Salisbury Foundation Trust

Celebrating the work of Nurses and Midwives in poetry

Salisbury NHS Foundation Trust held a daylong celebration of Nurses and Midwives, combining the national Day of the Midwife and Nurses Day.

Besides a day of activities to thank staff, two poems are being released that reflect the work of our nurses and midwives who, like NHS staff across the hospital, have faced a challenging year as they responded to the COVID-19 pandemic.

As part of the Trust's reflections on the impact of COVID-19, poet Martin Figura has been commissioned to write a collection of poems based on interviews he conducted with staff across the hospital this spring. The project is made possible by generous funding from The Stars Appeal.

The first of the poems, 'My Name is Mercy', was released earlier this week, dedicated to nurses working on COVID-19 wards and ‘Nightshift’, dedicated to those that work through the night, with Martin recorded reading them.

Stacey Hunter, Chief Executive of Salisbury NHS Foundation Trust, said: “Nursing and midwifery teams are the beating heart of the hospital, supporting and sharing the joy of new life, caring for patients of all ages, with breaks and fractures, complex and chronic conditions and terminal diagnosis. It is with nurses and midwives that we say hello to new loved ones and say our goodbyes.”

The poetry project is engaging with staff from across the hospital to explore their own personal reflections on the pandemic. Besides Nurses and Midwives, Martin has been talking with frontline staff and those supporting frontline services, staff that have spent the year working from home, those that are managing end of life care, as well as staff that have been communicating with their colleagues and the public about how the Trust has been responding to the pandemic and are tasked with announcing the ever-growing number of deaths.

Martin said: “It is an honour to be given the fearsome responsibility to shape a vivid and honest response to those intense experiences and sacrifices.”

The text of the poems is here:

'My Name is Mercy'

Morning my darling, my name is Mercy
I'm your nurse for today, how are you?
Today is the nineteenth of January
The sun is breaking through
I'm your nurse for today, how are you?
The outlook should be positive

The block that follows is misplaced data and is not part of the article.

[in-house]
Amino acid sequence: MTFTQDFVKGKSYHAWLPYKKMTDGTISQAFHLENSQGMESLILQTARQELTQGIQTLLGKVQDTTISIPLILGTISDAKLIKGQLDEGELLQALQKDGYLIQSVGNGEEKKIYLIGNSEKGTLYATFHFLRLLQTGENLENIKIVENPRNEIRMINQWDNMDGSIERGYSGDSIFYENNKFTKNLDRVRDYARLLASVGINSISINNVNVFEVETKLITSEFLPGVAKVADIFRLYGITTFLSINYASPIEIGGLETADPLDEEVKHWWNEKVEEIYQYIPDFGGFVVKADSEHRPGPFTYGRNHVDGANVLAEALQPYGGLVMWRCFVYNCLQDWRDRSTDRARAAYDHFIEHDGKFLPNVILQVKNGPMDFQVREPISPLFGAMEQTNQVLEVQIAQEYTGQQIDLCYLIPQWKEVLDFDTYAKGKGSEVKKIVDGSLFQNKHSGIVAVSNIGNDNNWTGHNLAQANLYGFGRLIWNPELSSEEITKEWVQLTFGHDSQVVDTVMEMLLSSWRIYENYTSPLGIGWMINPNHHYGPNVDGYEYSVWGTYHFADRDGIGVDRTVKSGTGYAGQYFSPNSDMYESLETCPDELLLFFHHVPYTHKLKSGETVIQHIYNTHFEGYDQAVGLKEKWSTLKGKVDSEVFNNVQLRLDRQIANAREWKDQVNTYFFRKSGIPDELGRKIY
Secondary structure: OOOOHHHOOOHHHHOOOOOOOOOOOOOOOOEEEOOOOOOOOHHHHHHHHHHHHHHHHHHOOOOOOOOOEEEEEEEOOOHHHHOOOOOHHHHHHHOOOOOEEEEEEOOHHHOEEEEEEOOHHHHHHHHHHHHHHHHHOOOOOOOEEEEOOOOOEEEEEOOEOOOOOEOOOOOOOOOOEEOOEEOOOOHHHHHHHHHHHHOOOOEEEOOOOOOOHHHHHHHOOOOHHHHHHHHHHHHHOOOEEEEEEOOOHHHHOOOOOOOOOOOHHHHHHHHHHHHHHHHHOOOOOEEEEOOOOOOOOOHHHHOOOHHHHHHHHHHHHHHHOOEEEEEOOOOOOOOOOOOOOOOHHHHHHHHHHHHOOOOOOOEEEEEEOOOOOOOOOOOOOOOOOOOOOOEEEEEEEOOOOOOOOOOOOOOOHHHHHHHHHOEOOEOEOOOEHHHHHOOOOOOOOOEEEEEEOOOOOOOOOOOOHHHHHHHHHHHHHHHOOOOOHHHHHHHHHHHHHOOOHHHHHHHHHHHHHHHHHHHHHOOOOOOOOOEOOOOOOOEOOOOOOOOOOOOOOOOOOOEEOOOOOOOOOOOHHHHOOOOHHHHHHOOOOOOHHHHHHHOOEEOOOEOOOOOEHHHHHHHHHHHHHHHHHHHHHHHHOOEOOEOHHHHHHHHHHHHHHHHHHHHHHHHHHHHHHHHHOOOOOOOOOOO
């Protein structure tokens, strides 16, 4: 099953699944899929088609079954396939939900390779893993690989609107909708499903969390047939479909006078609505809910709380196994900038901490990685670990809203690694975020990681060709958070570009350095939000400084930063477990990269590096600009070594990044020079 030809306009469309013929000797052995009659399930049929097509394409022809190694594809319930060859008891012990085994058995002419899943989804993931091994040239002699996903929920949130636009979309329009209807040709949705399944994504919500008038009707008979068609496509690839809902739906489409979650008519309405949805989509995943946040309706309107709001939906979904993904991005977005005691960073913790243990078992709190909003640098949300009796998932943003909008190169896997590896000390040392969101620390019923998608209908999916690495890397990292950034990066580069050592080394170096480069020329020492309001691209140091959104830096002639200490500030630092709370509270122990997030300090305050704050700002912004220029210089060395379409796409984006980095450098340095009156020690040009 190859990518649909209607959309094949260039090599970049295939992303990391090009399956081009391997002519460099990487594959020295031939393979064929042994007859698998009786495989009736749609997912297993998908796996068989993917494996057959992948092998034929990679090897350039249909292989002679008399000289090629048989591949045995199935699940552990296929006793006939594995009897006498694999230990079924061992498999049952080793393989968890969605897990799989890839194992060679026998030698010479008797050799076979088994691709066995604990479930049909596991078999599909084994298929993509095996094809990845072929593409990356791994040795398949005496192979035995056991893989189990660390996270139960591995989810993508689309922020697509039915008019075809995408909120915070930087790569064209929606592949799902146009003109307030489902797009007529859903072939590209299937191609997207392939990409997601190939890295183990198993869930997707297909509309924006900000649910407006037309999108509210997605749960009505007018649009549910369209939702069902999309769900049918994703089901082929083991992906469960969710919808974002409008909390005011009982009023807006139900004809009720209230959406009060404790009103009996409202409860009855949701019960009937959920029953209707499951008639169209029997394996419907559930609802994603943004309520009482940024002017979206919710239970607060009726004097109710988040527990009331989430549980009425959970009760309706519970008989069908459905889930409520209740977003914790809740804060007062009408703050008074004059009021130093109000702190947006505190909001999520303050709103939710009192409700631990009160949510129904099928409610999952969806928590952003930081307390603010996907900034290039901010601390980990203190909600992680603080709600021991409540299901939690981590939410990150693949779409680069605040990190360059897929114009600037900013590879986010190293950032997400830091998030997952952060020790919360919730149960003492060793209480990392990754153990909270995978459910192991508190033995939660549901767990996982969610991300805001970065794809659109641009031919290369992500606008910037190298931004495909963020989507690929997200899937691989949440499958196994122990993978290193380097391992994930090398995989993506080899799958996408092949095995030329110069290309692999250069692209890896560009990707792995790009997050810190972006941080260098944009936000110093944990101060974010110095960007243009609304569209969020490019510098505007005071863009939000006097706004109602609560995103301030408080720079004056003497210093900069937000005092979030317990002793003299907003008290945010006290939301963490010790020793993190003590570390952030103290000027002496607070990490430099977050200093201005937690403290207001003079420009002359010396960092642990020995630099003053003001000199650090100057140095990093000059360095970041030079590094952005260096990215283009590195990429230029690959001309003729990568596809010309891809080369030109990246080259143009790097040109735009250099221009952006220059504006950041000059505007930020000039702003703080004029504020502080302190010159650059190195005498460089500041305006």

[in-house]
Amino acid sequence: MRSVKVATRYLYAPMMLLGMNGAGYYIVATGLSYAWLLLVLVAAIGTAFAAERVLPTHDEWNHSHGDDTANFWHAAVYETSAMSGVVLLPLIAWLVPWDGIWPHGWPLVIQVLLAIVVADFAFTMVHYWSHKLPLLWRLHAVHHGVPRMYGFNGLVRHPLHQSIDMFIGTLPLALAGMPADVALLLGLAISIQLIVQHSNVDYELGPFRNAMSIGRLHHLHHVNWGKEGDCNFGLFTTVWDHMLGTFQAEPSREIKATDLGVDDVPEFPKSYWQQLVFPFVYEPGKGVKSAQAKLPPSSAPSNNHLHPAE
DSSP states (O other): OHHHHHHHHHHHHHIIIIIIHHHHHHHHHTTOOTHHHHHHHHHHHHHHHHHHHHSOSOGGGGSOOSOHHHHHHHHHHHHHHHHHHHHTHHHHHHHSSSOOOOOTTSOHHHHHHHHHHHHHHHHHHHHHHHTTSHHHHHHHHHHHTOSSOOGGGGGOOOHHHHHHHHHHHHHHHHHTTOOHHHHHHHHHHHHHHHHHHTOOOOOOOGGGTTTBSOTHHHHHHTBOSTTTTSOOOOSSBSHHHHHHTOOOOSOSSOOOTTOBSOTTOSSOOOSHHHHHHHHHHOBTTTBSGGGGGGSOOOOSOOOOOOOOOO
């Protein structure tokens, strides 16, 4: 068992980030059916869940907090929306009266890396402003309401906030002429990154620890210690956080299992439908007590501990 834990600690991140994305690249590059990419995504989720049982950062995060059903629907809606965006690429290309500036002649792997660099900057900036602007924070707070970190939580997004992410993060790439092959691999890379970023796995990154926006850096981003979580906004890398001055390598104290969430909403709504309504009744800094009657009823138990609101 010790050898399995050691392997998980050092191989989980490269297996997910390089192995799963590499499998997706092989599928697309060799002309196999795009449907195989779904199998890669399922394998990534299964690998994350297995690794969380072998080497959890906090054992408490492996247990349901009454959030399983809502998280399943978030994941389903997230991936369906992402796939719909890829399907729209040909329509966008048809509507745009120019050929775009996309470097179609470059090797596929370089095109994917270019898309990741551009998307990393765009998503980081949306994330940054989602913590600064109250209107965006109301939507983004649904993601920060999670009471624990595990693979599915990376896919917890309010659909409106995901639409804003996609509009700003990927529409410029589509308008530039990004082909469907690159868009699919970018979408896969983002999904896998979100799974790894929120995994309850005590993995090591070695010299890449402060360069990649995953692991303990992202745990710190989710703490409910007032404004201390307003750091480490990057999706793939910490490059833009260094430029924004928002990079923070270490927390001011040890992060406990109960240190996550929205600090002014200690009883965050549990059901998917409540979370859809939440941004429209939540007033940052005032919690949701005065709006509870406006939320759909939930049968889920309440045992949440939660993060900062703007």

The sun is breaking through
Your wife knows you're here, she sends her love
The outlook should be positive
You're doing well, you’re safe, you're really safe
Your wife knows you're here, she sends her love
Would you like us to phone your wife?
You're doing well, you’re safe, you're really safe
If you can hear me, squeeze my hand
Would you like us to phone your wife
It is difficult, I understand
If you can hear me, squeeze my hand
Today is the nineteenth of January
It is difficult, I understand
Morning my darling, my name is Mercy

(A phantoum, adapted from Coronavirus: On shift in intensive care - BBC Newsnight)

 

Night Shift’
In the blue orbit
of a night shift
I glimpse myself
beyond the window
untethered, an astronaut
adrift from my craft
in the bleary otherness
of particles and dust.
If I could reach
through light years
and touch my blue-gloved hand
out there
in the refracted constellation
of flickering monitors,
if I could be heard above
their vital signs
and respiratory hum,
I would ask me
if the earth is still
as beautiful as they say.

 

 

12 May 2021

Our staff at Salisbury District Hospital have long been well regarded for the quality of care and treatment they provide for our patients and for their innovation, commitment and professionalism. This has been recognised in a wide range of achievements and it is reflected in our award of NHS Foundation Trust status. This is afforded to hospitals that provide the highest standards of care.

Salisbury NHS Foundation Trust, Salisbury District Hospital, Salisbury, Wiltshire, SP2 8BJ
T: 01722 336262 E: sft.pals@nhs.net
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